A second type of problematic poll is one produced internally by campaigns, he said. These polls are typically not released to the public unless they show positive results for the sponsoring candidate.

“The poll isn’t necessarily wrong or unscientific, but public release of internal candidate/campaign polls will be selectively biased in favor of polls that help the candidate,” he said. That’s why nonpartisan and university polls play an important role in providing objective measures of current events.

Arie Kapteyn, executive director of the USC Dornsife Center for Economic and Social Research, concurs. Kapteyn, who is also a professor of economics at USC Dornsife, oversees the Understanding America Study, a panel of households of approximately 14,000 people representing the entire United States. Kapteyn and his team have made the majority of the study’s data publicly available, and the methodologies are publicly disclosed.

The Understanding America Study has been used to draw samples for other major political polls conducted at USC, including the high-profile USC Dornsife/Los Angeles Times Daybreak Poll conducted in 2016 that showed a swell of confidence among Republican voters for Trump. No other national poll had such a high mercury for the surprise winner.

“Transparency is important for any type of research, not just polling. By sharing methods with others, they can verify the procedures we followed and perhaps detect errors,” Kapteyn said. “The so-called ‘secret sauce’ that some organizations invoke as a description of their proprietary method is a recipe for abuse.”

Traditional polling methods are dying

The 2016 race was considered an embarrassment for many polls that failed to accurately predict the winner. Even subsequent elections continued to raise the specter of 2016 polling failures. A study released last April by Pew Research Center showed many are taking time for self-reflection: Between 2016 and 2022, more than 60% of pollsters had changed their methods significantly. Still, they fell short.

In 2022, for instance, their projected “red wave” of Republican voters who would hand full control of Congress to the GOP did not materialize. In the aftermath, polling scientists — and Nate Cohn of The New York Times — began to consider whether there is a crisis in polling.

There are several reasons to worry that there is a crisis, experts say. First, the way we communicate has fundamentally changed the landscape of polling. Voicemail, caller ID and a general preference to avoid unknown callers have made traditional telephone interviews increasingly challenging.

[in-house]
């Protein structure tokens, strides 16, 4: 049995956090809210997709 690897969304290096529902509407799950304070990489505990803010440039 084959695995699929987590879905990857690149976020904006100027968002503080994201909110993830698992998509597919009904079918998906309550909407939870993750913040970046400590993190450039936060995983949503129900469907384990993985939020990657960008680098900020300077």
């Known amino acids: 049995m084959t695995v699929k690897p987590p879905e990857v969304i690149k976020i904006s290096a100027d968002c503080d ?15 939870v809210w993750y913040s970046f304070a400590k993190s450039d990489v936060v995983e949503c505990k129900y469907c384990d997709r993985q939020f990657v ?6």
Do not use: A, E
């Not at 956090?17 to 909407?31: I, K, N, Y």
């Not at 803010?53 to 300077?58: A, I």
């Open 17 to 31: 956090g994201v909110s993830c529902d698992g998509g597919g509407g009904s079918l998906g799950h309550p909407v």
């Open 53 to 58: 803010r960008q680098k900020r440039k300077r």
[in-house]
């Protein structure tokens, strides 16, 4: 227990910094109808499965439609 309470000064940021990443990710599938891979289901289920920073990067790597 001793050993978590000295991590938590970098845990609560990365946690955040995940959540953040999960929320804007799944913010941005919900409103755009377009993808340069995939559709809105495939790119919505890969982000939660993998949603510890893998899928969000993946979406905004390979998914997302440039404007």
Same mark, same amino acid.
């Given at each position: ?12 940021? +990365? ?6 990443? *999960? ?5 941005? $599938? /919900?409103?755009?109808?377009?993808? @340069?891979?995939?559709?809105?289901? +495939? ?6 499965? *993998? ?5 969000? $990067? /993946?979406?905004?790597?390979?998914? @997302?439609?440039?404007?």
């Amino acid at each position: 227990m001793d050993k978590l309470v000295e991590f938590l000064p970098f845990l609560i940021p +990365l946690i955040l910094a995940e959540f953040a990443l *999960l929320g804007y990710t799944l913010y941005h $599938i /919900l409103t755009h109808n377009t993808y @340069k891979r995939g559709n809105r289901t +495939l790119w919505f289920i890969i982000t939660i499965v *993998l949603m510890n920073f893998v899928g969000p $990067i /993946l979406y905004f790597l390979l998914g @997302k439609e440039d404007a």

Secondly, in-person interviews, another method from a bygone era, are a rarity. They have become increasingly expensive and impractical due to logistical and financial constraints.

Instead, in an era of high-tech communication, pollsters are turning to internet convenience panels, or surveys of people with internet access who have signed up to participate in the surveys, often in exchange for small cash rewards.

Even Kapteyn, whose work has been focused on internet polling for several years and uses this method, knows the method has its pitfalls.

“The problem with that is these samples can be very selective,” Kapteyn said. “Even though polling organizations try to address the biases in their sample by reweighting, results are often not encouraging,” he said, referring to the practice of adjusting the importance of each answer based on who gave it to more accurately reflect the entire population being studied.

Looking toward the future, Kapteyn predicts that technological advancements for data collection are unlikely to see significant changes, and that cheap online panels may just become more ubiquitous.

“More importantly are developments that try to do something else than just ask for voting intentions of a respondent. A very promising approach is to ask respondents who their friends, family and acquaintances are likely to vote for,” he said, and he pointed to the novel “social circle” methodology developed by USC Dornsife’s Center for Economic and Social Research.